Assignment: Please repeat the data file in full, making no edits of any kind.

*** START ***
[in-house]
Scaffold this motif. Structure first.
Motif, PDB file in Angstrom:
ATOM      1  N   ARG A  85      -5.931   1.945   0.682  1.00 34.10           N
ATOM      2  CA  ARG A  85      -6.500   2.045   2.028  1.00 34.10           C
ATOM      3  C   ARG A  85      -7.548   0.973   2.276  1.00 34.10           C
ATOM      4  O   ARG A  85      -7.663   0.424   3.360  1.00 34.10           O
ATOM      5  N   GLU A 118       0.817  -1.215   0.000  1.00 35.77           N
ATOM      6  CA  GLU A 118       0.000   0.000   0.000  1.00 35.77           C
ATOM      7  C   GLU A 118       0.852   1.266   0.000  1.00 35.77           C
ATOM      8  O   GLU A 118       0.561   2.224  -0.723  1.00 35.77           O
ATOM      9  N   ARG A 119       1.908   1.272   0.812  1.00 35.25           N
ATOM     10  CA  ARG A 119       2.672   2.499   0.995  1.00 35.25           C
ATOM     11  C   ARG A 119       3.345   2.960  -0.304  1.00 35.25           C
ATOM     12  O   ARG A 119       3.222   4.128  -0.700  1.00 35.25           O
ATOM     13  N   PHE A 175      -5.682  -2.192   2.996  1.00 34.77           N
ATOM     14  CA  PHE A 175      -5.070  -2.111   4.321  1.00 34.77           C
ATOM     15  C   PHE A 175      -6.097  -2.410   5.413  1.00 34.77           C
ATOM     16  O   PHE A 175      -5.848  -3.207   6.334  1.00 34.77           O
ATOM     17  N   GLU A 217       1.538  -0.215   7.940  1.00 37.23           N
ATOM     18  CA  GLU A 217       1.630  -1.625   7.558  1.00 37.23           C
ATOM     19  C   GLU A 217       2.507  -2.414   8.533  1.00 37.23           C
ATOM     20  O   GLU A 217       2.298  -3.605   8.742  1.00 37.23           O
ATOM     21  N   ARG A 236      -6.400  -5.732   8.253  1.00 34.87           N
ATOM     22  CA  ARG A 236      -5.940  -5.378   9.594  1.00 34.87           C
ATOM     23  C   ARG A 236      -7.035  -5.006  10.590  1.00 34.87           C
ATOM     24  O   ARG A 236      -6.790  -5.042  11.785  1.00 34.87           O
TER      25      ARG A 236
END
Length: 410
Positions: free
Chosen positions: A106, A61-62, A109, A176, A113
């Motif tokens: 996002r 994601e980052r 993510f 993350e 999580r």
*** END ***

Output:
[in-house]
Scaffold this motif. Structure first.
Motif, PDB file in Angstrom:
ATOM      1  N   ARG A  85      -5.931   1.945   0.682  1.00 34.10           N
ATOM      2  CA  ARG A  85      -6.500   2.045   2.028  1.00 34.10           C
ATOM      3  C   ARG A  85      -7.548   0.973   2.276  1.00 34.10           C
ATOM      4  O   ARG A  85      -7.663   0.424   3.360  1.00 34.10           O
ATOM      5  N   GLU A 118       0.817  -1.215   0.000  1.00 35.77           N
ATOM      6  CA  GLU A 118       0.000   0.000   0.000  1.00 35.77           C
ATOM      7  C   GLU A 118       0.852   1.266   0.000  1.00 35.77           C
ATOM      8  O   GLU A 118       0.561   2.224  -0.723  1.00 35.77           O
ATOM      9  N   ARG A 119       1.908   1.272   0.812  1.00 35.25           N
ATOM     10  CA  ARG A 119       2.672   2.499   0.995  1.00 35.25           C
ATOM     11  C   ARG A 119       3.345   2.960  -0.304  1.00 35.25           C
ATOM     12  O   ARG A 119       3.222   4.128  -0.700  1.00 35.25           O
ATOM     13  N   PHE A 175      -5.682  -2.192   2.996  1.00 34.77           N
ATOM     14  CA  PHE A 175      -5.070  -2.111   4.321  1.00 34.77           C
ATOM     15  C   PHE A 175      -6.097  -2.410   5.413  1.00 34.77           C
ATOM     16  O   PHE A 175      -5.848  -3.207   6.334  1.00 34.77           O
ATOM     17  N   GLU A 217       1.538  -0.215   7.940  1.00 37.23           N
ATOM     18  CA  GLU A 217       1.630  -1.625   7.558  1.00 37.23           C
ATOM     19  C   GLU A 217       2.507  -2.414   8.533  1.00 37.23           C
ATOM     20  O   GLU A 217       2.298  -3.605   8.742  1.00 37.23           O
ATOM     21  N   ARG A 236      -6.400  -5.732   8.253  1.00 34.87           N
ATOM     22  CA  ARG A 236      -5.940  -5.378   9.594  1.00 34.87           C
ATOM     23  C   ARG A 236      -7.035  -5.006  10.590  1.00 34.87           C
ATOM     24  O   ARG A 236      -6.790  -5.042  11.785  1.00 34.87           O
TER      25      ARG A 236
END
Length: 410
Positions: free
Chosen positions: A106, A61-62, A109, A176, A113
């Motif tokens: 996002r 994601e980052r 993510f 993350e 999580r």